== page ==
One really does enjoy that first drink after you’ve docked your yacht for the night.  Even if spending the day doing little more than serving refreshments, tying the fenders, or languishing in your bikini, there’s a shared sense of achievement. 

Alex with a Greek heritage and a modern Aussie man’s flair for cooking, made a tasty fettuccini on board the first night.  The following night, after docking in the sheltered Finikas Harbour on the south-west coast of Siros, the eight of us went out for dinner.  We were still getting to know each other but the day had been warm and tranquil.  We felt pleasantly chilled out, and began with a few drinks at a pretty terrace-garden restaurant overlooking the harbour.  I found myself telling an amusing and somewhat exposing (or self-effacing) story about an encounter with an infamous Melbourne celebrity.  The more engaged my audience became the more the details of the experience came back to me, and I shamelessly hogged the floor as they appraised my performance with generous laughter.  The boys, cheeky wits that they are, have regurgitated elements of the story multiple times since, extending and building on the scene’s humour with a healthy Aussie jibe and an occasional touch of flattery.  Jason, in whom I’d confided my more recent romantic troubles, encouraged me later saying “you just have to get your mojo back, Jules, then you’ll be right”.  Whatever the realities of that, it was mighty good to have a laugh.

The next day our passage to the island of Mykonos was a different story.  The conditions comparatively challenging, I weathered a few hours feeling nauseous, hungering for land but managing not to be sick.  Yet it was tiring beating endlessly upwind, until the boat peaked at 9.1 knots with real wind speeds of 21 knots.  Angela, Jim, Alex, Emma and I clutched the upper railing of the yacht, the girls wishing our butts were five times heavier so the boat would ride on less of a dramatic heel.  For a while it was fun. But when the jib dipped multiple times into the water, fear replaced adrenalin.  Could we ride out this angle without flipping over?  Regrettably, I didn’t understand anything about the balancing weight of a deep keel.  When Alex and Emma asked “are you ok”, I could barely reply as my vocal chords were as frozen as my knuckles. 

During what to me was an ordeal but to the boys a thrill, Jason, Simon and Mark took turns at the helm.  Tension mounted in their legs and arms as they fought to keep the boat steady, explosive grins on their faces revealing they loved the high, the speed, the (managed) risk… then whoops of joy as our yacht’s tactics proved competitive and we beat another yacht into Mykonos harbour.  I was told to expect calmer waters when we passed the headland.  So I held my breath.  Finally we were nearly there.  But as the boys tried to furl the sails the wind hit us from a different direction.  Ten minutes of flapping sails, ropes flying, confusion and fiercely bashing waves, threatened to tip me over the coping threshold.  Then no sooner were the sails sorted than we set out to sea again in search of a more protected bay.  I couldn’t contain the adrenalin ‘come down’ and a few tears of anxious relief flowed.  Jason stepped up, wrapping his warm coat and arms around me, and I snuggled safely until my nerves settled and I could re-engage with the sailing regime.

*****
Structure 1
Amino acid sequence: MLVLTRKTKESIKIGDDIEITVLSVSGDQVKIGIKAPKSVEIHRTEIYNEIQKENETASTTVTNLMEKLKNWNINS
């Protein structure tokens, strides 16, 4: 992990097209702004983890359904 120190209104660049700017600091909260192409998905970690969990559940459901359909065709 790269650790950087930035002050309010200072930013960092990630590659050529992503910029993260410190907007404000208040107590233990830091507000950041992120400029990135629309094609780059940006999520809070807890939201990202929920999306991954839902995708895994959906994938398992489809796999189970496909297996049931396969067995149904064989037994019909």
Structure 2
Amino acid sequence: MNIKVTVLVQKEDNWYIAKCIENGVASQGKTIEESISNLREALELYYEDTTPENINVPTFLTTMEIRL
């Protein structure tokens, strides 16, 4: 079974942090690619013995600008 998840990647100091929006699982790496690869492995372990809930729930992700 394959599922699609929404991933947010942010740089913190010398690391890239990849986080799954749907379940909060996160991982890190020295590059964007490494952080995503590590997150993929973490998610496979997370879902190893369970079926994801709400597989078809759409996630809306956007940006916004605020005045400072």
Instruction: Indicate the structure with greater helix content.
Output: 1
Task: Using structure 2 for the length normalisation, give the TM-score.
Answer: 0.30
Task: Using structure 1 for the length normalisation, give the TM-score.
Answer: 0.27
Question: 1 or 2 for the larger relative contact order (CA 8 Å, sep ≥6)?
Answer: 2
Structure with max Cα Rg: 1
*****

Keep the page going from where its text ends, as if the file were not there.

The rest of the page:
After dropping anchor in a secluded bay with white sand and turquoise water, we were ferried to shore in a rib (rubber inflatable boat) to enjoy a tasty dinner cooked by the winner of Greece’s Master Chef.  Then knocking back a bottle of caramel vodka as an excuse for dessert, we jumped into taxis and headed into the old town of Mykonos to potter in pretty jewellery shops and drink cocktails by the sea beneath her famous windmills.  The boys said we should see the day as a sailing right of passage, encouraging the girls to feel proud of ourselves.  We thought them rather sweet - this collection of people unknown to each other days before, but quickly showing kindness and consideration.  I guess that’s what they mean when they say “we’re all in the boat together”.

Rewards aren’t always given on cue, but our perfect conditions returned and the next day we sailed off to Paros.  After pleasurable hours sunbaking and reading on deck, we approached the western coast marina of Paroikiá.  We had time to lie on a beach, swim and chat by the water, later hiring rusty dune buggies to ‘fang’ it around the island.  The next morning we took the buggies out again as the views were irresistible: brown rocky cliffs set against glaring white cottages, blue sea and sky, and splashes of pink bougainvillea.  We enjoyed the different kind of ‘wind in the face’ as we swapped seats in the buggies and quad bike to reach the other side of Náousa, discovering a stunning bay with a tiny white church perched on a rough outcrop no bigger than a rock (ák Almires), and around the corner a delightfully pretty place to swim.  It was heaven.  My shoulders felt light.

And that’s the thing about sailing and life: you have to go through rough waters.  But it’s ever so nice when the sunshine and magic returns.